October 17, 2012

Early Man Makes Tools as Precursor to Language, and application to art

A million years of producing stone tools may have established the neural pathways necessary for language. One and a half million years ago the Ascheulean hand ax was the I-Phone of its day. The mental skills required for its development like  learning the material qualities, and predicting the outcome of certain strikes upon its surface and more, provided the same complex, sequential thoughts towards an end that are necessary for language development.  As it turns out tool making and language are accomplished in the same area of the brain. ( Link to program What Makes Us Human, 10/10/12)

Richard Serra, Junction   

Richard Serra, the prominent sculptor of magnificent environments  made of gargantuan, rusted, steel plates, says in his  interview with Charlie Rose, that he creates his own tools. He was using a paint stick that had a wrapper that took considerable time to peel as he worked.  It took so much time and made him so frustrated that he  named the piece "Abstract Slavery". His solution was to take many paint sticks and melt them down into loaf pans to create a brick that he could draw with using both hands. Drawing is a practice that is very important to Serra to keep him loose and disciplined.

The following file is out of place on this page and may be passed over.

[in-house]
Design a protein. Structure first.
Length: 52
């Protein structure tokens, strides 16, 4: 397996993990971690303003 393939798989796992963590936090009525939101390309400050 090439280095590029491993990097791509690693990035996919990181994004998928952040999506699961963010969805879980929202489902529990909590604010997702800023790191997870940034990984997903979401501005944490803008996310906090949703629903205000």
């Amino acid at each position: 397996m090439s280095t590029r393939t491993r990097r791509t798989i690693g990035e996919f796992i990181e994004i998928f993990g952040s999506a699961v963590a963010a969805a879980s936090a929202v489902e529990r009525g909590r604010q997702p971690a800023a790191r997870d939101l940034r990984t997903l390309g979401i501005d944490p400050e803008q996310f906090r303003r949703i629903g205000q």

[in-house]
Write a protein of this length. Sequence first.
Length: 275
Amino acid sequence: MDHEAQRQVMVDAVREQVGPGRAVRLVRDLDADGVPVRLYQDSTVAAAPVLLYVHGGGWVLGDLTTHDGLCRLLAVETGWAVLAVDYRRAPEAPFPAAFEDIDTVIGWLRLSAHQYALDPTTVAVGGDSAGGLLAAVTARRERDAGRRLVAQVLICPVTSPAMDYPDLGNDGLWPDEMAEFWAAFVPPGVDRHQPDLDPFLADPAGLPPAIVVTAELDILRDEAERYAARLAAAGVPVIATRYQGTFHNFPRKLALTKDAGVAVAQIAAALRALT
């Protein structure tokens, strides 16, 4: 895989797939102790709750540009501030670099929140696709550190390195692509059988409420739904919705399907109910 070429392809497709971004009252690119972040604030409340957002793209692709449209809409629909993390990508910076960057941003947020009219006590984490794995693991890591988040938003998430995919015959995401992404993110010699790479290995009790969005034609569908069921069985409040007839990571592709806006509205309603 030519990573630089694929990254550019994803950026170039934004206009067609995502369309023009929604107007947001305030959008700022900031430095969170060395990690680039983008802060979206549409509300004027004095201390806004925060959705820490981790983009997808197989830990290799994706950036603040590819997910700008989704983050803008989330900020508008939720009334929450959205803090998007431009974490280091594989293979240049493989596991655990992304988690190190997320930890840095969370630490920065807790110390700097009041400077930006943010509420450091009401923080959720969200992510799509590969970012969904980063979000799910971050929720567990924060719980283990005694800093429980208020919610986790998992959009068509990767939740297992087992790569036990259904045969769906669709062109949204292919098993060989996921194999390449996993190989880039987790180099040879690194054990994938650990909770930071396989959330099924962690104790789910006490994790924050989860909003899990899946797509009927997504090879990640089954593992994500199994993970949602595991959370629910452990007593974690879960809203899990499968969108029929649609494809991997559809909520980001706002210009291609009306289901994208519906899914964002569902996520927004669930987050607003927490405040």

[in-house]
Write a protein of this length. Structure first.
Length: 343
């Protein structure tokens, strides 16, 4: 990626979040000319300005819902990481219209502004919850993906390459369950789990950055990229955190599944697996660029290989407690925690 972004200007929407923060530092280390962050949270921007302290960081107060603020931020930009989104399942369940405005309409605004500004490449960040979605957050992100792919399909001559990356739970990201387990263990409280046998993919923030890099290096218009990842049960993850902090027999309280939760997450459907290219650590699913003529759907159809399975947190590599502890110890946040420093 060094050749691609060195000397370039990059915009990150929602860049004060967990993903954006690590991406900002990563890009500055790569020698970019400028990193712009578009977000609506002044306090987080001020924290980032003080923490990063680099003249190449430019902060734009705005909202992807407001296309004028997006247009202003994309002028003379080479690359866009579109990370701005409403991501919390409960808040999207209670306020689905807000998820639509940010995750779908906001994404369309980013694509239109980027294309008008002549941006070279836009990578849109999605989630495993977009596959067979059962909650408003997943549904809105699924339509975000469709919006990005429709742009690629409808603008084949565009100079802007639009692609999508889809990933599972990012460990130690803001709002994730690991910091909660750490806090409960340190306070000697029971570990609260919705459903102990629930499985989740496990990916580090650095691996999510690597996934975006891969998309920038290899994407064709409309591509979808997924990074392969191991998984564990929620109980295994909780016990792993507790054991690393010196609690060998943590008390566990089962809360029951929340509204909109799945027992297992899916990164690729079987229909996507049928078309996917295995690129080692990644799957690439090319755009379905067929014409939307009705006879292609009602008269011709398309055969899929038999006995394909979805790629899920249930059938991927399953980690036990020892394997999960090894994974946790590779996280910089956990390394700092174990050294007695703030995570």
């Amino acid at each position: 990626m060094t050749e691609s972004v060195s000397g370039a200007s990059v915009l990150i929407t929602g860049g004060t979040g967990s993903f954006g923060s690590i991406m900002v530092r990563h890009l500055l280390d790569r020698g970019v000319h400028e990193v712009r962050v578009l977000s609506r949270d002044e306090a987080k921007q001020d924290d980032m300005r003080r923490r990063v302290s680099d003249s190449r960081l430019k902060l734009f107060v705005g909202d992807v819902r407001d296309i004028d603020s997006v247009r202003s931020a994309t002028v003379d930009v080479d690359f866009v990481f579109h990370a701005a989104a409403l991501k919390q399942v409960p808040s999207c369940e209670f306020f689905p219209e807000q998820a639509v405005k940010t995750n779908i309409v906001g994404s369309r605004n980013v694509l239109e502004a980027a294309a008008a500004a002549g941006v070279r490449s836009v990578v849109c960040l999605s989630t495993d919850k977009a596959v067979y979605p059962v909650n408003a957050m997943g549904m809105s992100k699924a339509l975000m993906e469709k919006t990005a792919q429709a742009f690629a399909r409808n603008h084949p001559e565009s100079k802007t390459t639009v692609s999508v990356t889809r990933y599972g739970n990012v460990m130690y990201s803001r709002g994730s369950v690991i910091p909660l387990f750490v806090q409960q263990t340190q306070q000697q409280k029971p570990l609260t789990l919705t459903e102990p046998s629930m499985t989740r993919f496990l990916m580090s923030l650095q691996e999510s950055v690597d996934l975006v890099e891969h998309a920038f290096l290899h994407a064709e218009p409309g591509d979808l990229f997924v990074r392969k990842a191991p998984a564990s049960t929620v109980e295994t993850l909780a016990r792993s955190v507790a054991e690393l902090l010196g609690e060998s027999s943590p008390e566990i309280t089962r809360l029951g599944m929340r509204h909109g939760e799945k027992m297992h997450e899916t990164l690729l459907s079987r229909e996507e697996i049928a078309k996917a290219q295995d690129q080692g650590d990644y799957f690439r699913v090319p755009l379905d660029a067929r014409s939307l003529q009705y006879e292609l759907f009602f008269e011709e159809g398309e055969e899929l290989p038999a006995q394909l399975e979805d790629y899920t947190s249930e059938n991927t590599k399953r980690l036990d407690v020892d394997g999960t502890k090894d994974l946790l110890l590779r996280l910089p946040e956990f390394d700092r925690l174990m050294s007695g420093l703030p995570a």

He says that the artists he finds most interesting make their own tools and procedures. siting (Jasper) Johns' stencils and Pollacks drips, Seurat's (Conte') Crayons. "You're not going to build art out of the art store. You have to invent your own tools and your own procedures."

When I heard these two things just weeks apart I thought about the comparison of ancient man developing tools to build language development  and contemporary artists creating tools which aid to creative language. So I believe that by developing your own tools and processes you are also developing your own art language. It is your own vocabulary. It is the realization of the definition of creativity, using things that exist to make things and ideas that did not previously exist.

Archeology experimentation. Wash test. The batting shreds!

I am often asked, what is the gold that you use on your work? How do you get it to stick? Where are the stitches in your work? Is that sewing? The answers to these questions are my own tools, my own art language. The tools, materials and processes used in my first  Archeology pieces took  three months  to develop.
 The creative process takes time and it requires experimentation. I make samples, keep notes, buy new products, and try old ones.
During the creative process, when I have an idea for something that I do not know how to make, I will record a note of the idea. I do not let it go. I may be stuck because I do not see the solution then, but in working it out one will come. Sometimes many new ideas come as a result of the exploration of this one original problem.

This is the meaning of thinking outside the box. When you get to a wall, choose not to see the wall. It reminds me of a story about a fly who is trying to fly outside but continually flies into the glass. Defeated he lands on the window sill, just in front of the open window. Do you sit there on the sill in front of the solution or do you try new ones?
I encourage you to develop your own tools, and at the same time develop your own art language.

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